At the same time, Karzai sought to strike a nationalist pose, stating at one point, “I don’t trust the US, and the US doesn’t trust me.”
In discussions with US officials, Karzai had demanded that Obama issue a statement acknowledging and apologizing for “mistakes” over the past decade that had led to the deaths of Afghan civilians.
A letter from Obama released in Kabul on Thursday—and brandished by Karzai before the Loya Jirga—failed to do either. Instead, it praised US troops for their “enormous sacrifices” and vowed that in future US forces would not enter Afghan homes “except under extraordinary circumstances involving urgent risk to life and limb of US nationals.”
While the Karzai regime had called for an outright ban on US troops engaging in any of the “night raids” against Afghan homes that have provoked intense popular anger, Obama’s letter essentially affirms that they will continue the practice as the Pentagon sees fit.
Similarly, the text of the draft agreement, which was dated “November 2013,” states that “unless mutually agreed, United States forces shall not conduct combat operations in Afghanistan,” which means that US troops will continue fighting in Afghanistan after 2014.
The letter went on to say that the Pentagon would “continue to make every effort to respect the sanctity and dignity of Afghans in their homes and in their daily lives.”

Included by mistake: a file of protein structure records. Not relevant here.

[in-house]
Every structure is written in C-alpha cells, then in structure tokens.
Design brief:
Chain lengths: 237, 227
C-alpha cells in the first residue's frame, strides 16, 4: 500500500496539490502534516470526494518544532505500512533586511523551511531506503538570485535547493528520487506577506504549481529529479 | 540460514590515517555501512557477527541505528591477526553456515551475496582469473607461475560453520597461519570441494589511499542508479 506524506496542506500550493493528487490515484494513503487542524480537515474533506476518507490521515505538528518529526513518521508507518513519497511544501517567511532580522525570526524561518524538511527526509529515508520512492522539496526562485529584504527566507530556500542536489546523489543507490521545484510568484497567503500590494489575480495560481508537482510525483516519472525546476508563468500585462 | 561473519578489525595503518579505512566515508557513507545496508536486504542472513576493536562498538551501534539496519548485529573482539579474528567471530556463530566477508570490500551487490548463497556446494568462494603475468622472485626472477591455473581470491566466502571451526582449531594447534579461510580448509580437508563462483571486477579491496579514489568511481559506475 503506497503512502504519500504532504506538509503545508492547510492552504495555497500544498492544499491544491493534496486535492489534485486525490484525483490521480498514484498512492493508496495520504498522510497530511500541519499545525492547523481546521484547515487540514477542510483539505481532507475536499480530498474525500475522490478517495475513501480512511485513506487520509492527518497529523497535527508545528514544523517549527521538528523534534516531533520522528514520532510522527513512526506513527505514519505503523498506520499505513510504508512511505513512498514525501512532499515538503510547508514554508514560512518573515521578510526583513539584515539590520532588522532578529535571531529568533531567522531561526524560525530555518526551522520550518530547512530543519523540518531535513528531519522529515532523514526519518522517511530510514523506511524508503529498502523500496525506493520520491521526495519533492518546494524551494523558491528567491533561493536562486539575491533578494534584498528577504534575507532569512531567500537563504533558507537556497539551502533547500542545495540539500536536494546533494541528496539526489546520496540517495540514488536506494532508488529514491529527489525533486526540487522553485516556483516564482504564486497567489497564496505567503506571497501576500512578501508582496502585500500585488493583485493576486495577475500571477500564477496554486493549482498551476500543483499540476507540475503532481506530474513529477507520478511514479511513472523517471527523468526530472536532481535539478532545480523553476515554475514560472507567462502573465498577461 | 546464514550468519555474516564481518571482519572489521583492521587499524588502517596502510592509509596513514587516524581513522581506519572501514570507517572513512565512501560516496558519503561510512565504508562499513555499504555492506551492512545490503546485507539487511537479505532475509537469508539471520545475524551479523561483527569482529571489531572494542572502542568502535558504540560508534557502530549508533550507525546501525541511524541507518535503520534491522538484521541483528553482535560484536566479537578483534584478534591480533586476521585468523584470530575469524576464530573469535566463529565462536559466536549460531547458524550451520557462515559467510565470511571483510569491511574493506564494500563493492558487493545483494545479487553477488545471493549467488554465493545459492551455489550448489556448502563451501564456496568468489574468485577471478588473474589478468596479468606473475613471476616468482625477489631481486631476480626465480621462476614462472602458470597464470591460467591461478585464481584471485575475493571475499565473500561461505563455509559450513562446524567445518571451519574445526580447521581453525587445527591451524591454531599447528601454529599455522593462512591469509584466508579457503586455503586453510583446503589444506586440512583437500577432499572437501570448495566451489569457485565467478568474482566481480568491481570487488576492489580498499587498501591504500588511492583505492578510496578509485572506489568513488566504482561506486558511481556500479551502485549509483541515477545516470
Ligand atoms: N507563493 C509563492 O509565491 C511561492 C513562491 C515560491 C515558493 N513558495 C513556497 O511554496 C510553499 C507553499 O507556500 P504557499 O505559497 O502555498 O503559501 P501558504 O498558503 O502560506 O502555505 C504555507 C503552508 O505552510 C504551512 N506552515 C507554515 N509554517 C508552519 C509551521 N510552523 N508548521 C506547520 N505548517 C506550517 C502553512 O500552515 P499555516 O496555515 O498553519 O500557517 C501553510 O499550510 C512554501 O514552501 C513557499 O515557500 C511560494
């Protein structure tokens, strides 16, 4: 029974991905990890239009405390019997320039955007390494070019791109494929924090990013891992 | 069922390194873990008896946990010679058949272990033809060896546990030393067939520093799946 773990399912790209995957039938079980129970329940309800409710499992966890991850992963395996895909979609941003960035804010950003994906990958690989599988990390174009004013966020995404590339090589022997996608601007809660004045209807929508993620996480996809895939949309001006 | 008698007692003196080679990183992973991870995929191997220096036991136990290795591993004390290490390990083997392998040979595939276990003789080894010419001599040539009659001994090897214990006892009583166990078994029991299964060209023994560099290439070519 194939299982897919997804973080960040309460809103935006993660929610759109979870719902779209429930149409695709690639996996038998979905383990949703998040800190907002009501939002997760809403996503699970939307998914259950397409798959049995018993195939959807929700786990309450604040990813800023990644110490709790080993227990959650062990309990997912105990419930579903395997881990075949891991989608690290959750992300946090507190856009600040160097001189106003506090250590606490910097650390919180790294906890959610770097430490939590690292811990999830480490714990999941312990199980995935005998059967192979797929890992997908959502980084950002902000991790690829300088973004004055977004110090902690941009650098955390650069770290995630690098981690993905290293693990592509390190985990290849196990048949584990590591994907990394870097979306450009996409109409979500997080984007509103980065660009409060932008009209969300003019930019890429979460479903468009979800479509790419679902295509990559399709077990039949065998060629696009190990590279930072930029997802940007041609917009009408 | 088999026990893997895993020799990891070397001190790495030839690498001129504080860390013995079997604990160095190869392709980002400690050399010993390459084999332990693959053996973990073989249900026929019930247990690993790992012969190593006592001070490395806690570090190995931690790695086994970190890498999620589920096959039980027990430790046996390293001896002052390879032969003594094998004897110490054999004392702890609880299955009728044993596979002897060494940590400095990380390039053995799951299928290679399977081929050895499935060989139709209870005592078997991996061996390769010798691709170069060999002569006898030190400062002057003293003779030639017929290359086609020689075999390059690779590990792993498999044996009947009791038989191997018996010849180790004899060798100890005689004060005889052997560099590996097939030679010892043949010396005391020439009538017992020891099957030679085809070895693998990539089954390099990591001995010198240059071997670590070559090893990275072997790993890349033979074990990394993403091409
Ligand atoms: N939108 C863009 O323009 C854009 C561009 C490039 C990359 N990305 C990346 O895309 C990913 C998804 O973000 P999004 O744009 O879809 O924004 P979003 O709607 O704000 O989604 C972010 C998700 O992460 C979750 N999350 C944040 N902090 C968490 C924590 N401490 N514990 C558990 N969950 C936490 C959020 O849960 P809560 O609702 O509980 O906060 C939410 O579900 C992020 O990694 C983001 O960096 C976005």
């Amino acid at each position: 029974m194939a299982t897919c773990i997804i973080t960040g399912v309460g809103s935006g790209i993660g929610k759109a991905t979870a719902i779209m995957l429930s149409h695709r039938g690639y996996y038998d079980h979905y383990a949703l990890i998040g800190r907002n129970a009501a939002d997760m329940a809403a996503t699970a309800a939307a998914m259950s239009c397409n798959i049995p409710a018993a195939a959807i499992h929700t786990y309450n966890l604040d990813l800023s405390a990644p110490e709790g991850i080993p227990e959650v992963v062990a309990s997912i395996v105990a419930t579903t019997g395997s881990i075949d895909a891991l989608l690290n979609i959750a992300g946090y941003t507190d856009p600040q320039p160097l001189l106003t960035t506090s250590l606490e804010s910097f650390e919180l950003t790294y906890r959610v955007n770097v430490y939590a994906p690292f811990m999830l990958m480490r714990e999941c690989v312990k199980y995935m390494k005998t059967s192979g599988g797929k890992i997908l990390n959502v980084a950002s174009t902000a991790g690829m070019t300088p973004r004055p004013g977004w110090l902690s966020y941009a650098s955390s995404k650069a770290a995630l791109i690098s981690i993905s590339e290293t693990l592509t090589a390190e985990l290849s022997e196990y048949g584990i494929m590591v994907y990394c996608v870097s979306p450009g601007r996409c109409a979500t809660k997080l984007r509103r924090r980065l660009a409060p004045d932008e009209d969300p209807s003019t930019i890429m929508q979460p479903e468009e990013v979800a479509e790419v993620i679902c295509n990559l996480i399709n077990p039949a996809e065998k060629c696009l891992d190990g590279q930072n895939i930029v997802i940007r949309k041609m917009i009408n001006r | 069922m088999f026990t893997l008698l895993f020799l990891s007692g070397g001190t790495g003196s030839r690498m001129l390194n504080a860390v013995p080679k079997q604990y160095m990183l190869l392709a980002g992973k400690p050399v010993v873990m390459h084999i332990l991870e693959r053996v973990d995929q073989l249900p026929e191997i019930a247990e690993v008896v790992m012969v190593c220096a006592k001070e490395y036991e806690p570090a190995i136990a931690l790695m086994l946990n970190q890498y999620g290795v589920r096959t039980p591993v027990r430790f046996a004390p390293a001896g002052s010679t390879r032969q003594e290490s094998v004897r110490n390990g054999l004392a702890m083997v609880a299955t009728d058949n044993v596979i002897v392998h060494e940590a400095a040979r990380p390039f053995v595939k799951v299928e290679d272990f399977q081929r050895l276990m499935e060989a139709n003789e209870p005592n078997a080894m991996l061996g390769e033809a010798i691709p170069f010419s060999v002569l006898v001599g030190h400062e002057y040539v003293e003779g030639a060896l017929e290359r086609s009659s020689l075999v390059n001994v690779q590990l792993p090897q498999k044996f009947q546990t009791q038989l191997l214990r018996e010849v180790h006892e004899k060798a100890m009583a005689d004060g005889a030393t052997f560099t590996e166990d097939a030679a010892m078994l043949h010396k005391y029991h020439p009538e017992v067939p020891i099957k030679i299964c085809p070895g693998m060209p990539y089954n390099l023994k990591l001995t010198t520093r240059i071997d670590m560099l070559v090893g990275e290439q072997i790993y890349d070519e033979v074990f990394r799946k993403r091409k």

This “respect” has found expression in bombings and drone missile attacks on civilian targets, massacres and the disappearance and murder of suspected insurgents over the past dozen years. The war has seen a 23 percent increase in civilian casualties during the first six months of 2013 compared to the same period a year ago. The proposed agreement ensures that this carnage will continue.
The other clause within the deal that is widely opposed in Afghanistan grants US troops full immunity for any crimes carried out on Afghan soil, preventing either Afghan courts or international war crime tribunals from exercising jurisdiction. The failure of the Iraqi government to accept similar terms led to the scrapping of plans to keep thousands of US troops in that country.
Karzai told the Loya Jirga that he had opposed both the continued right of US troops to enter Afghan homes and detain Afghans as well as their blanket immunity, but that insisting on either condition would have meant the agreement’s abrogation.
“I said to the US that issue is out of the government’s authority and that the Afghan people have the authority” to accept or reject these provisions, through the Loya Jirga, he said.